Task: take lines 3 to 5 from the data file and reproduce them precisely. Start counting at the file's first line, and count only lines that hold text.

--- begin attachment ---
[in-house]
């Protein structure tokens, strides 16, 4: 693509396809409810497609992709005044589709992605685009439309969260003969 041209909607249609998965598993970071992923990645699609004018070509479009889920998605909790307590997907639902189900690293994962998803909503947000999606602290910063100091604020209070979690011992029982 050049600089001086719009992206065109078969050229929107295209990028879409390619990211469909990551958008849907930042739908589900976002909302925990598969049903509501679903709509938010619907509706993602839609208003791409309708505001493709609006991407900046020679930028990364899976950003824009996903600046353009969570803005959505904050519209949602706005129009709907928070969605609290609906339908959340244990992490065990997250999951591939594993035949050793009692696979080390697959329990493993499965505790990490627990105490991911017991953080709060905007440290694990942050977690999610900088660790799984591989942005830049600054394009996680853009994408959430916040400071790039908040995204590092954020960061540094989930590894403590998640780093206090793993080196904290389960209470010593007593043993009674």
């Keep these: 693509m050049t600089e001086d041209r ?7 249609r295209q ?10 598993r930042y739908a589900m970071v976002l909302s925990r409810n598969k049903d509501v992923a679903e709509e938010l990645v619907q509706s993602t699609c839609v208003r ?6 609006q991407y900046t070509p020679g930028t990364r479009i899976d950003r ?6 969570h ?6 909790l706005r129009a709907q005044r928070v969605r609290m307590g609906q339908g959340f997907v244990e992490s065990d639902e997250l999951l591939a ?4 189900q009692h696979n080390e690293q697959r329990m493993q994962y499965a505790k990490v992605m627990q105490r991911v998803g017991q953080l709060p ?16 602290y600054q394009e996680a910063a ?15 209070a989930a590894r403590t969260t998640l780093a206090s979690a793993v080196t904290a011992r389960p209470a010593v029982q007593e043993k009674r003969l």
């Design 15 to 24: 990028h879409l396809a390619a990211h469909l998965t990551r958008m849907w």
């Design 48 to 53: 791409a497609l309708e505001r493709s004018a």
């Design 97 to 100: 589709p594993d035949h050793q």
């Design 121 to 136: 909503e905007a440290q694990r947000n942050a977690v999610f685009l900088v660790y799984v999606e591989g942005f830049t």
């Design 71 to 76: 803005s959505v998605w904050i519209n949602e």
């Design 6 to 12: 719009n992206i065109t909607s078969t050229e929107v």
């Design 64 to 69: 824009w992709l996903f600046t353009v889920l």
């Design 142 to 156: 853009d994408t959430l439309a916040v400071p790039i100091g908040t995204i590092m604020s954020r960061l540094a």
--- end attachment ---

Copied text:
């Keep these: 693509m050049t600089e001086d041209r ?7 249609r295209q ?10 598993r930042y739908a589900m970071v976002l909302s925990r409810n598969k049903d509501v992923a679903e709509e938010l990645v619907q509706s993602t699609c839609v208003r ?6 609006q991407y900046t070509p020679g930028t990364r479009i899976d950003r ?6 969570h ?6 909790l706005r129009a709907q005044r928070v969605r609290m307590g609906q339908g959340f997907v244990e992490s065990d639902e997250l999951l591939a ?4 189900q009692h696979n080390e690293q697959r329990m493993q994962y499965a505790k990490v992605m627990q105490r991911v998803g017991q953080l709060p ?16 602290y600054q394009e996680a910063a ?15 209070a989930a590894r403590t969260t998640l780093a206090s979690a793993v080196t904290a011992r389960p209470a010593v029982q007593e043993k009674r003969l």
């Design 15 to 24: 990028h879409l396809a390619a990211h469909l998965t990551r958008m849907w």
């Design 48 to 53: 791409a497609l309708e505001r493709s004018a």